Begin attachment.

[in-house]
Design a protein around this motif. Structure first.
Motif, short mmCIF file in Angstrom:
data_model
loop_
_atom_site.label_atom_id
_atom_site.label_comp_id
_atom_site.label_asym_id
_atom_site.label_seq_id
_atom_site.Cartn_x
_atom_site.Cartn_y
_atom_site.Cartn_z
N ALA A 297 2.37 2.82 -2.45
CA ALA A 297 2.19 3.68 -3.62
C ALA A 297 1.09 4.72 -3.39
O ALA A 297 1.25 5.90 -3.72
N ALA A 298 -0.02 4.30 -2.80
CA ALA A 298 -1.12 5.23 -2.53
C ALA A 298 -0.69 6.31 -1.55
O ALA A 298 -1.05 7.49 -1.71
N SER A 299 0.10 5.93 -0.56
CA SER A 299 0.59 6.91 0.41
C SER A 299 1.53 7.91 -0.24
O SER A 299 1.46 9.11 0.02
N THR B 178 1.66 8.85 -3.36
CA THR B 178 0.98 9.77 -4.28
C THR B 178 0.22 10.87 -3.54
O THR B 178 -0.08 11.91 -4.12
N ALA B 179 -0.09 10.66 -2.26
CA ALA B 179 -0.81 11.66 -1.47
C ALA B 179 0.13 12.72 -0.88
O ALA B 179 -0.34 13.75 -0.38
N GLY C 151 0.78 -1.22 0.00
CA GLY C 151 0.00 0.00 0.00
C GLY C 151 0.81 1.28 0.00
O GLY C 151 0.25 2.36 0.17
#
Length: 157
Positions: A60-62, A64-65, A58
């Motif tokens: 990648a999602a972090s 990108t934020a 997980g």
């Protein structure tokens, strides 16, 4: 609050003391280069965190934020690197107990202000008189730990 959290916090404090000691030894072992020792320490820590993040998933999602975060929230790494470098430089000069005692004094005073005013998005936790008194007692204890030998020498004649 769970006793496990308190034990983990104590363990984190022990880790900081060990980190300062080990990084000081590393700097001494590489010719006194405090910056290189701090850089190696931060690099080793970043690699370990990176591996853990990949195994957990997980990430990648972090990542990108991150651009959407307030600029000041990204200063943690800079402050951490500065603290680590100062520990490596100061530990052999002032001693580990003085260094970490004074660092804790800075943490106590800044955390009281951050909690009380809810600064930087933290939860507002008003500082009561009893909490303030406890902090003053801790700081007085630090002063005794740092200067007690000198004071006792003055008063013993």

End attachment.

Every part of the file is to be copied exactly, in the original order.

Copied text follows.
[in-house]
Design a protein around this motif. Structure first.
Motif, short mmCIF file in Angstrom:
data_model
loop_
_atom_site.label_atom_id
_atom_site.label_comp_id
_atom_site.label_asym_id
_atom_site.label_seq_id
_atom_site.Cartn_x
_atom_site.Cartn_y
_atom_site.Cartn_z
N ALA A 297 2.37 2.82 -2.45
CA ALA A 297 2.19 3.68 -3.62
C ALA A 297 1.09 4.72 -3.39
O ALA A 297 1.25 5.90 -3.72
N ALA A 298 -0.02 4.30 -2.80
CA ALA A 298 -1.12 5.23 -2.53
C ALA A 298 -0.69 6.31 -1.55
O ALA A 298 -1.05 7.49 -1.71
N SER A 299 0.10 5.93 -0.56
CA SER A 299 0.59 6.91 0.41
C SER A 299 1.53 7.91 -0.24
O SER A 299 1.46 9.11 0.02
N THR B 178 1.66 8.85 -3.36
CA THR B 178 0.98 9.77 -4.28
C THR B 178 0.22 10.87 -3.54
O THR B 178 -0.08 11.91 -4.12
N ALA B 179 -0.09 10.66 -2.26
CA ALA B 179 -0.81 11.66 -1.47
C ALA B 179 0.13 12.72 -0.88
O ALA B 179 -0.34 13.75 -0.38
N GLY C 151 0.78 -1.22 0.00
CA GLY C 151 0.00 0.00 0.00
C GLY C 151 0.81 1.28 0.00
O GLY C 151 0.25 2.36 0.17
#
Length: 157
Positions: A60-62, A64-65, A58
């Motif tokens: 990648a999602a972090s 990108t934020a 997980g």
């Protein structure tokens, strides 16, 4: 609050003391280069965190934020690197107990202000008189730990 959290916090404090000691030894072992020792320490820590993040998933999602975060929230790494470098430089000069005692004094005073005013998005936790008194007692204890030998020498004649 769970006793496990308190034990983990104590363990984190022990880790900081060990980190300062080990990084000081590393700097001494590489010719006194405090910056290189701090850089190696931060690099080793970043690699370990990176591996853990990949195994957990997980990430990648972090990542990108991150651009959407307030600029000041990204200063943690800079402050951490500065603290680590100062520990490596100061530990052999002032001693580990003085260094970490004074660092804790800075943490106590800044955390009281951050909690009380809810600064930087933290939860507002008003500082009561009893909490303030406890902090003053801790700081007085630090002063005794740092200067007690000198004071006792003055008063013993």